Bruschetta is a food whose origin dates back to the 15th century in central Italy. Back then, it was a pretty simple recipe: grilled bread rubbed with garlic and then topped with salt, pepper, and olive oil. The word "bruschetta" comes from the verb in the Roman dialect "bruscare", which means "to roast over coals." Over time, the meaning of the word has changed, and Americans typically use it to refer to the toppings themselves as opposed to the bread. Grocery stores even sell bottled bruschetta, which is really their fancy-sounding way of getting consumers to cough up $5.95 for a mixture of tomatoes, onion, garlic, and herbs. The jig is up guys.
The number of topping variations for bruschetta keeps growing as chefs become more inventive. The most popular topping with Americans includes basil, fresh mozzarella, and tomato, but I have seen everything from roasted red peppers and eggplant to chocolate-hazelnut flavored Nutella over bananas. It is the perfect appetizer to serve for entertaining, and putting out a "bruschetta bar" for you guests to mix and match their own toppings always goes over well.
This variation of bruschetta is inspired by Indian cuisine, with ingredients like fenugreek, garam masala, ginger, cumin, and cardamom. Warning: If you are not a fan of spicy foods, then you might want to tone down the amount of peppers just a tad, as they definitely have a powerful kick. Here are some tips for this vegetarian light bite:
- Fenugreek is an aromatic and pungent herb with a slightly bitter taste, somewhat comparable to the taste of celery or burnt sugar. It is a very common ingredient in Indian curries, but it can be tough to find at a regular grocery store. Feel free to omit the fenugreek in this recipe--it will still turn out delicious.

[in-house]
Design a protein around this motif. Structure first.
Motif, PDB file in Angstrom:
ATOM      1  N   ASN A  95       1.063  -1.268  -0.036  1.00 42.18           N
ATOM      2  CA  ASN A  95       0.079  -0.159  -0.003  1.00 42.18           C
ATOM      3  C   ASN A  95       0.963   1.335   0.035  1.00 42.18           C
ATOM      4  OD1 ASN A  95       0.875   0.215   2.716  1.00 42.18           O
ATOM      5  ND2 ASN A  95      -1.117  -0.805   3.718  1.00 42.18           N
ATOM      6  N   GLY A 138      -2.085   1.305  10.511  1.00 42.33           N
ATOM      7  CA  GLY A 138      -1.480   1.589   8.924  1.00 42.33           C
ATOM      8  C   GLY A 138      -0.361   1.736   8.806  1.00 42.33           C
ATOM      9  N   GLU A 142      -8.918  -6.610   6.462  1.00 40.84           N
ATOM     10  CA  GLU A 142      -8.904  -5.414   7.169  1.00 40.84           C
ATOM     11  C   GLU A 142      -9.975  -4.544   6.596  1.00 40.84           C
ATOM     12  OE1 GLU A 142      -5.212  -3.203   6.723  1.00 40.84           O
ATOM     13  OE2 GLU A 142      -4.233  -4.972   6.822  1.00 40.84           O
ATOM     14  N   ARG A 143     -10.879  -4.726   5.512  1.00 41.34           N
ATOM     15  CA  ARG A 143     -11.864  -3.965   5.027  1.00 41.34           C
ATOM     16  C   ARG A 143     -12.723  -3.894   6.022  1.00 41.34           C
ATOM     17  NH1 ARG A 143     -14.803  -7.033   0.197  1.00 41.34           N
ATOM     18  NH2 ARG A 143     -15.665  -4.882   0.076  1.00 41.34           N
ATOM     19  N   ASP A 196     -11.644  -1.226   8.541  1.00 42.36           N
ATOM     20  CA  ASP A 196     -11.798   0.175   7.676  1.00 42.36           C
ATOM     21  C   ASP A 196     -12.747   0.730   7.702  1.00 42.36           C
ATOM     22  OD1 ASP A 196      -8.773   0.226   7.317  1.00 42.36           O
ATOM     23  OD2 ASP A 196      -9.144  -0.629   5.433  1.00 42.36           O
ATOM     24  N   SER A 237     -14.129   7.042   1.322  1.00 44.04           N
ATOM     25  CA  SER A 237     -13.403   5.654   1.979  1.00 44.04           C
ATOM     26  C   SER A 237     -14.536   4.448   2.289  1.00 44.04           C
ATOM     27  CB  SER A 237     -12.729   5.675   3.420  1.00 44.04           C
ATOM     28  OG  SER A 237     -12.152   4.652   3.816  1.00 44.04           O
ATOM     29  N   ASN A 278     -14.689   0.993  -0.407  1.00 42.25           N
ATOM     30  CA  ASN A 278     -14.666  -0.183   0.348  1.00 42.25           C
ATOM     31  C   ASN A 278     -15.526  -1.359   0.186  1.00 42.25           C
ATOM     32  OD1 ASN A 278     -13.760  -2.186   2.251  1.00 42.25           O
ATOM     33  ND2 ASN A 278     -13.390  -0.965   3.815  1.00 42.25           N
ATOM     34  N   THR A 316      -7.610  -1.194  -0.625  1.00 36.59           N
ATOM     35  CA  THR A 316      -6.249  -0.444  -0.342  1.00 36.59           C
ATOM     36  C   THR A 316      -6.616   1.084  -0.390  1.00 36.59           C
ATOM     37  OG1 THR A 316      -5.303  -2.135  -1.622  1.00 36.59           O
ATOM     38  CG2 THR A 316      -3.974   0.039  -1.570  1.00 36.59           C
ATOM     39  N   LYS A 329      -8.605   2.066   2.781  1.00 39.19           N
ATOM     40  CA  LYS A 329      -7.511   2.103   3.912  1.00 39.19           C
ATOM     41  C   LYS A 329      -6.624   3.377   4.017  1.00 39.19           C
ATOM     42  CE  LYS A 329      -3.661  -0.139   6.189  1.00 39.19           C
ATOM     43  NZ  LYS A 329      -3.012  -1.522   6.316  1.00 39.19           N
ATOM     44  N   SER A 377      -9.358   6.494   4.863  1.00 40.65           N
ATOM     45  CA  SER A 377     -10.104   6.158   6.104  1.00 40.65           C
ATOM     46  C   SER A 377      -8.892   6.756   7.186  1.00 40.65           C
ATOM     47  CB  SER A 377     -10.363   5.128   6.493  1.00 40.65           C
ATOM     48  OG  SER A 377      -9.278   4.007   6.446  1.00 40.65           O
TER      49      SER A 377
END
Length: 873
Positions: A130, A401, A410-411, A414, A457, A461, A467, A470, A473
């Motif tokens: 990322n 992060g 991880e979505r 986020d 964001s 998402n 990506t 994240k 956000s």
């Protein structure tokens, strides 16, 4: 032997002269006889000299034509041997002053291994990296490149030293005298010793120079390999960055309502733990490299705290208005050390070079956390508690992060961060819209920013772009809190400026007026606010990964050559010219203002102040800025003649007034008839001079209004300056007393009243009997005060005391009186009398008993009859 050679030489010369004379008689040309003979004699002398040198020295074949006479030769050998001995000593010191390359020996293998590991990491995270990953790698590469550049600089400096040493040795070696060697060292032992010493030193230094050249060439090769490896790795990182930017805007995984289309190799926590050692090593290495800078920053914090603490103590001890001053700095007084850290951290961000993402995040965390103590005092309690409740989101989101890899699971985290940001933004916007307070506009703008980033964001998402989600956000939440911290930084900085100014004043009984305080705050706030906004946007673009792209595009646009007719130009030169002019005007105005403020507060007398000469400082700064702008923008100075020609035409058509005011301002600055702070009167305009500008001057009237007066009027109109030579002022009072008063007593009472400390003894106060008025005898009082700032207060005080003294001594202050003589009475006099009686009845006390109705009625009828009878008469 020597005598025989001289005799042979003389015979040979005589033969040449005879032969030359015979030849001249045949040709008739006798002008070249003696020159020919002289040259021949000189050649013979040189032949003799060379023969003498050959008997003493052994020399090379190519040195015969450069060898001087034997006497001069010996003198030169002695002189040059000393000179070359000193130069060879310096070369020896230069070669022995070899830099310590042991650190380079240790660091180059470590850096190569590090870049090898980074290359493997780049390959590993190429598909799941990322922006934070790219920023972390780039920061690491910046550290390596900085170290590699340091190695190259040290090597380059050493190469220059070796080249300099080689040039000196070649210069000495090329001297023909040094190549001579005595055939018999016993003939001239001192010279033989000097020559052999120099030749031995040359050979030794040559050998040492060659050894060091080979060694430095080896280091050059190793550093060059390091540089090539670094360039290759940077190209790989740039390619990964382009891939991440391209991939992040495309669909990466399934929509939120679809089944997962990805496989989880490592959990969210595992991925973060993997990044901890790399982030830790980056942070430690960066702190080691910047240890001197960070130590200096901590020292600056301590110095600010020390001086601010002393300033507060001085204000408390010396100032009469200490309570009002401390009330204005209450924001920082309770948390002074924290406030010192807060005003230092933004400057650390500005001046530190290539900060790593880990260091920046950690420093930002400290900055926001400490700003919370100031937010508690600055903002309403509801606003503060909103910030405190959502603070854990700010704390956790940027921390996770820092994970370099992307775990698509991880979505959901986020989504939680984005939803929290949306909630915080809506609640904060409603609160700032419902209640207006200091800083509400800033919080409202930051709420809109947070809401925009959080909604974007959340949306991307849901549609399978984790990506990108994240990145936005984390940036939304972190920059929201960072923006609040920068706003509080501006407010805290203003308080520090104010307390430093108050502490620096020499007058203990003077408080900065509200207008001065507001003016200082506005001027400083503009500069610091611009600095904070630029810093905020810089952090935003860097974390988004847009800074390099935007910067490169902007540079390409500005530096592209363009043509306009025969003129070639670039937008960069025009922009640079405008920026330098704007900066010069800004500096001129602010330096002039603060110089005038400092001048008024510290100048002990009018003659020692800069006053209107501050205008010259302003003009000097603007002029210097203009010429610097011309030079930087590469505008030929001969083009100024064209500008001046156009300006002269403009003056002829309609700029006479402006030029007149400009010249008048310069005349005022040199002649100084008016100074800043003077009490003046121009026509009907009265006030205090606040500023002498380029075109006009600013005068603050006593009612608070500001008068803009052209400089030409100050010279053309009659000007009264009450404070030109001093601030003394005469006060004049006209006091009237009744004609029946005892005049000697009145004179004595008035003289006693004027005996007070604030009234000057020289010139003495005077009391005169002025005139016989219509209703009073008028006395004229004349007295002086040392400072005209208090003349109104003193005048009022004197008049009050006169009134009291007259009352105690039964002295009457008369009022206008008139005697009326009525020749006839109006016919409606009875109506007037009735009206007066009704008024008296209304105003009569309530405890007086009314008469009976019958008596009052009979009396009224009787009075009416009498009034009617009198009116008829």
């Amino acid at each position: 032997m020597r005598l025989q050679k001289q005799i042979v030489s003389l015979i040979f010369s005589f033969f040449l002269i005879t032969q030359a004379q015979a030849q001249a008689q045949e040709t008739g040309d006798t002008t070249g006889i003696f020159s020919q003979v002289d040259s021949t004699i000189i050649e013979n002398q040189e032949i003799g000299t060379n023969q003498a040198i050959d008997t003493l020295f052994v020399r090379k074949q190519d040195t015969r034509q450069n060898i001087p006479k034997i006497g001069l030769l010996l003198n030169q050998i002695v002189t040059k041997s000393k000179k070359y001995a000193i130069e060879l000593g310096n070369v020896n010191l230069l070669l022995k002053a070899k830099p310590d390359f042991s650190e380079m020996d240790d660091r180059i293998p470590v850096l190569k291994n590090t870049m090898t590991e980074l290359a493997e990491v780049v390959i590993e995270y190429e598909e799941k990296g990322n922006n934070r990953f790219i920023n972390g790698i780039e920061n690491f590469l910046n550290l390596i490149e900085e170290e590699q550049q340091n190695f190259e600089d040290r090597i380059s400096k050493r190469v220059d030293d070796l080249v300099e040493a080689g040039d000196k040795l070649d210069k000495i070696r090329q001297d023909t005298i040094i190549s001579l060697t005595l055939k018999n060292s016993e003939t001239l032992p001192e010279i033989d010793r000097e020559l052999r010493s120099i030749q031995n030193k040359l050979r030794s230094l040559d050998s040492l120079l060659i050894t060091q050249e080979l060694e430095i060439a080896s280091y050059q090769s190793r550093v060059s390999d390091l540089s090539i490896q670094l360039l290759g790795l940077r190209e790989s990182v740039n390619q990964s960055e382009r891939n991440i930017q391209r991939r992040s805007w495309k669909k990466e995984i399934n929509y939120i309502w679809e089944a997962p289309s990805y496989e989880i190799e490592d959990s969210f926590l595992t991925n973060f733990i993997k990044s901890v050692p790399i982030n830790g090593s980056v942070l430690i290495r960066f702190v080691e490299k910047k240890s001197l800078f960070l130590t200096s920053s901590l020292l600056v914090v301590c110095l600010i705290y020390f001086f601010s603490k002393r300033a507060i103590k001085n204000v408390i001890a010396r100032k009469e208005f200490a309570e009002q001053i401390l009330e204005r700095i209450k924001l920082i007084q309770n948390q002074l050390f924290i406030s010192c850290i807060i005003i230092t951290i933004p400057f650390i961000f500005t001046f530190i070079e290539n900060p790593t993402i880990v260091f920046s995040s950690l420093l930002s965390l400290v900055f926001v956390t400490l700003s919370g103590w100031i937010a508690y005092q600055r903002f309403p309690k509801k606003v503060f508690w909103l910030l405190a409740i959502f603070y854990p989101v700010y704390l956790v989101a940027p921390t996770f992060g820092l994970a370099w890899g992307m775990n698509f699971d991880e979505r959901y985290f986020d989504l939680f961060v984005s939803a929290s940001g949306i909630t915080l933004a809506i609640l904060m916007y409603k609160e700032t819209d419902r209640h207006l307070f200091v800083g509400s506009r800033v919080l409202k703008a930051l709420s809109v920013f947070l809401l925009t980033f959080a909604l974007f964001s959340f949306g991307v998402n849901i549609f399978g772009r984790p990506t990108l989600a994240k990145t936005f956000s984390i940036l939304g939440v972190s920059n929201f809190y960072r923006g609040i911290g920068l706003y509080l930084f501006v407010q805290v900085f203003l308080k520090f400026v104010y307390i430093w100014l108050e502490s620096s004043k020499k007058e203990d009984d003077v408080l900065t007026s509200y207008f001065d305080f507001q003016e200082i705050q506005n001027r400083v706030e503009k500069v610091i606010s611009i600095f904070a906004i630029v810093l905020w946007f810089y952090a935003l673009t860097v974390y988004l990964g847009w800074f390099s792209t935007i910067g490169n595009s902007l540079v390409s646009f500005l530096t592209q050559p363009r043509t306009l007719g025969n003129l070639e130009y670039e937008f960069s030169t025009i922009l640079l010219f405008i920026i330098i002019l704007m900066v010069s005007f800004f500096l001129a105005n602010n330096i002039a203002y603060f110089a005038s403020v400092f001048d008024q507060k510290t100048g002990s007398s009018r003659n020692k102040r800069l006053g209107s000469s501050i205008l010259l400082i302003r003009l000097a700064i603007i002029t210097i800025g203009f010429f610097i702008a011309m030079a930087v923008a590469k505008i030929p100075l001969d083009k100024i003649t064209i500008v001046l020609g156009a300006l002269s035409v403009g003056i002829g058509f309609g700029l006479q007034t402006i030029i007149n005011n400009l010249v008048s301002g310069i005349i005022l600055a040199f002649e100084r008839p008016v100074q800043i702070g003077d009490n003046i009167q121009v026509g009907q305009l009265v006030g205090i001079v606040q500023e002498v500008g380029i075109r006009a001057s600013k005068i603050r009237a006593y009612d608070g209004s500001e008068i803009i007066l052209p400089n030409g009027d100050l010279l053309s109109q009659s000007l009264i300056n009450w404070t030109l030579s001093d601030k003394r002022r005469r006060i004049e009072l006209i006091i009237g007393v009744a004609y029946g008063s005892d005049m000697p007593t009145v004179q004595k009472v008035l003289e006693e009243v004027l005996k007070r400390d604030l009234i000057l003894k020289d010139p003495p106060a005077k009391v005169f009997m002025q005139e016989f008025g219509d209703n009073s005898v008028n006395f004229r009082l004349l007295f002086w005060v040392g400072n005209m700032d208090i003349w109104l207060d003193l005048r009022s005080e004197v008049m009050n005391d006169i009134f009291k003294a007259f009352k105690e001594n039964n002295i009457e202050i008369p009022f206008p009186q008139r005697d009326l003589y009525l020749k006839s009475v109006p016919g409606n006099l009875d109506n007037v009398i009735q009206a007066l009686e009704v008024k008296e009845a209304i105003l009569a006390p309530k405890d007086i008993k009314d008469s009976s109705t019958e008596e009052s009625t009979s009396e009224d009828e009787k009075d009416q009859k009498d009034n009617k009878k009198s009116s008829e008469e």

- Garam masala is a blend of ground spices, common to Indian cuisine. The literal meaning is "warm spice", and although there are many variations, it usually contains cinnamon, cardamom, cloves, chili peppers, ginger, and garlic. I would recommend investing in a jar if you enjoy the flavors of the Indian or Middle Eastern cuisines.
- For mushrooms, I like to use a combination of crimini, portobellos (or mini portobellos), shiitakes, and button, but use whatever combination you prefer.
- If you don't have any whole cumin seeds, then just replace it with an equal amount of ground cumin.
Spicy Wild Mushroom Bruschetta
1 teaspoon cumin seeds
1 dried red chile
2 teaspoons peeled and grated fresh ginger
1 cup finely chopped red onion
1 tablespoon dried fenugreek leaves
1/2 teaspoon salt
1 minced and seeded jalapeno pepper
2 teaspoons ground coriander
1/8 teaspoon cayenne
3 cloves garlic, minced
2 cups quartered assorted mushrooms
1 cup tomatoes, cut into 1/2-inch cubes
3/4 cup tomato sauce
3 tablespoons chopped cilantro, divided
1/4 teaspoon Garam Masala
Toasted baguette slices
Heat the canola oil, cumin, and the chile in a large skillet over medium-high heat. Saute for 1 minute or until the cumin begins to darken. Add the ginger to the pan and saute for 30 seconds. Add the red onion and fenugreek and saute for 2 minutes or until the onion is tender. Add the salt and jalapeno and saute for 2 minutes or until the onion softens and begins to brown. Add the coriander, cayenne, and minced garlic and saute for 1 minute.
Add the mushrooms and cook until the liquid has been released and evaporates, 6 to 8 minutes. Stir in the tomato, tomato sauce, 2 tablespoons cilantro, and the Garam Masala. Bring the mixture to a simmer and cook for 15 minutes or until the sauce thickens. Sprinkle the mixture with the remaining cilantro, season with salt and pepper, and serve on slices of toasted baguette.